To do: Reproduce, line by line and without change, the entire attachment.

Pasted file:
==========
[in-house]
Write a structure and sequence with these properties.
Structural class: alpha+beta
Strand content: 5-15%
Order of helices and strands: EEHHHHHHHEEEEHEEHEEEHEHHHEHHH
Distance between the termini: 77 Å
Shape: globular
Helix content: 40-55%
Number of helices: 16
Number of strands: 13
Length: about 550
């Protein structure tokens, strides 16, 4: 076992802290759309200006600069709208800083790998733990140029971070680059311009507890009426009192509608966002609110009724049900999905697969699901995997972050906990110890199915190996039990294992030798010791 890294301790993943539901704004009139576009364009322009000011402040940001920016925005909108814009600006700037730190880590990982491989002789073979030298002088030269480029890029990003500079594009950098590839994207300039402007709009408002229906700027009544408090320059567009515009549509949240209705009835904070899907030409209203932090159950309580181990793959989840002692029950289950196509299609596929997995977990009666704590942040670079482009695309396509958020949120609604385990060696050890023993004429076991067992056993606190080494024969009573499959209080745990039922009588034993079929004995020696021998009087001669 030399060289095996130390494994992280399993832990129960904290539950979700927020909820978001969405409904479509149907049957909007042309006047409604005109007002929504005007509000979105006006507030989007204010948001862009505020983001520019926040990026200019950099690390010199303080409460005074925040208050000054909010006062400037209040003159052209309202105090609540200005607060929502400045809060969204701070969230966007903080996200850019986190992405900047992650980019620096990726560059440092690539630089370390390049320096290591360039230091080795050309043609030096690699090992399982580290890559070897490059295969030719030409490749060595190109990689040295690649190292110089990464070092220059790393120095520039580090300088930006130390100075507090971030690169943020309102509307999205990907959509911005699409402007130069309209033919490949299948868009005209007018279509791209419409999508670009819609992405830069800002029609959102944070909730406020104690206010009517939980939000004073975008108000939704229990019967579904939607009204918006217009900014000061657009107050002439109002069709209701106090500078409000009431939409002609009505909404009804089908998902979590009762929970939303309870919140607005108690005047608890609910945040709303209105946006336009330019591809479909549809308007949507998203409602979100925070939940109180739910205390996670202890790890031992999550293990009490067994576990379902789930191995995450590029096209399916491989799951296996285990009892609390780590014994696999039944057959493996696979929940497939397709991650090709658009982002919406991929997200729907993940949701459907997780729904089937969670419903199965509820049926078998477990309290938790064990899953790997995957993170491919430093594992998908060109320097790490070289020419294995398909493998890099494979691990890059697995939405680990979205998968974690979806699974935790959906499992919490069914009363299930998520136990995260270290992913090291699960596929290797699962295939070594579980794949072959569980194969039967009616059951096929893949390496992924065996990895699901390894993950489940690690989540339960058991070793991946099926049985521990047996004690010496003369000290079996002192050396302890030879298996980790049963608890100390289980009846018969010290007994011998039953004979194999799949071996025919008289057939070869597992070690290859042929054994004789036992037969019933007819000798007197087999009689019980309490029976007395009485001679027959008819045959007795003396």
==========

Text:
[in-house]
Write a structure and sequence with these properties.
Structural class: alpha+beta
Strand content: 5-15%
Order of helices and strands: EEHHHHHHHEEEEHEEHEEEHEHHHEHHH
Distance between the termini: 77 Å
Shape: globular
Helix content: 40-55%
Number of helices: 16
Number of strands: 13
Length: about 550
């Protein structure tokens, strides 16, 4: 076992802290759309200006600069709208800083790998733990140029971070680059311009507890009426009192509608966002609110009724049900999905697969699901995997972050906990110890199915190996039990294992030798010791 890294301790993943539901704004009139576009364009322009000011402040940001920016925005909108814009600006700037730190880590990982491989002789073979030298002088030269480029890029990003500079594009950098590839994207300039402007709009408002229906700027009544408090320059567009515009549509949240209705009835904070899907030409209203932090159950309580181990793959989840002692029950289950196509299609596929997995977990009666704590942040670079482009695309396509958020949120609604385990060696050890023993004429076991067992056993606190080494024969009573499959209080745990039922009588034993079929004995020696021998009087001669 030399060289095996130390494994992280399993832990129960904290539950979700927020909820978001969405409904479509149907049957909007042309006047409604005109007002929504005007509000979105006006507030989007204010948001862009505020983001520019926040990026200019950099690390010199303080409460005074925040208050000054909010006062400037209040003159052209309202105090609540200005607060929502400045809060969204701070969230966007903080996200850019986190992405900047992650980019620096990726560059440092690539630089370390390049320096290591360039230091080795050309043609030096690699090992399982580290890559070897490059295969030719030409490749060595190109990689040295690649190292110089990464070092220059790393120095520039580090300088930006130390100075507090971030690169943020309102509307999205990907959509911005699409402007130069309209033919490949299948868009005209007018279509791209419409999508670009819609992405830069800002029609959102944070909730406020104690206010009517939980939000004073975008108000939704229990019967579904939607009204918006217009900014000061657009107050002439109002069709209701106090500078409000009431939409002609009505909404009804089908998902979590009762929970939303309870919140607005108690005047608890609910945040709303209105946006336009330019591809479909549809308007949507998203409602979100925070939940109180739910205390996670202890790890031992999550293990009490067994576990379902789930191995995450590029096209399916491989799951296996285990009892609390780590014994696999039944057959493996696979929940497939397709991650090709658009982002919406991929997200729907993940949701459907997780729904089937969670419903199965509820049926078998477990309290938790064990899953790997995957993170491919430093594992998908060109320097790490070289020419294995398909493998890099494979691990890059697995939405680990979205998968974690979806699974935790959906499992919490069914009363299930998520136990995260270290992913090291699960596929290797699962295939070594579980794949072959569980194969039967009616059951096929893949390496992924065996990895699901390894993950489940690690989540339960058991070793991946099926049985521990047996004690010496003369000290079996002192050396302890030879298996980790049963608890100390289980009846018969010290007994011998039953004979194999799949071996025919008289057939070869597992070690290859042929054994004789036992037969019933007819000798007197087999009689019980309490029976007395009485001679027959008819045959007795003396």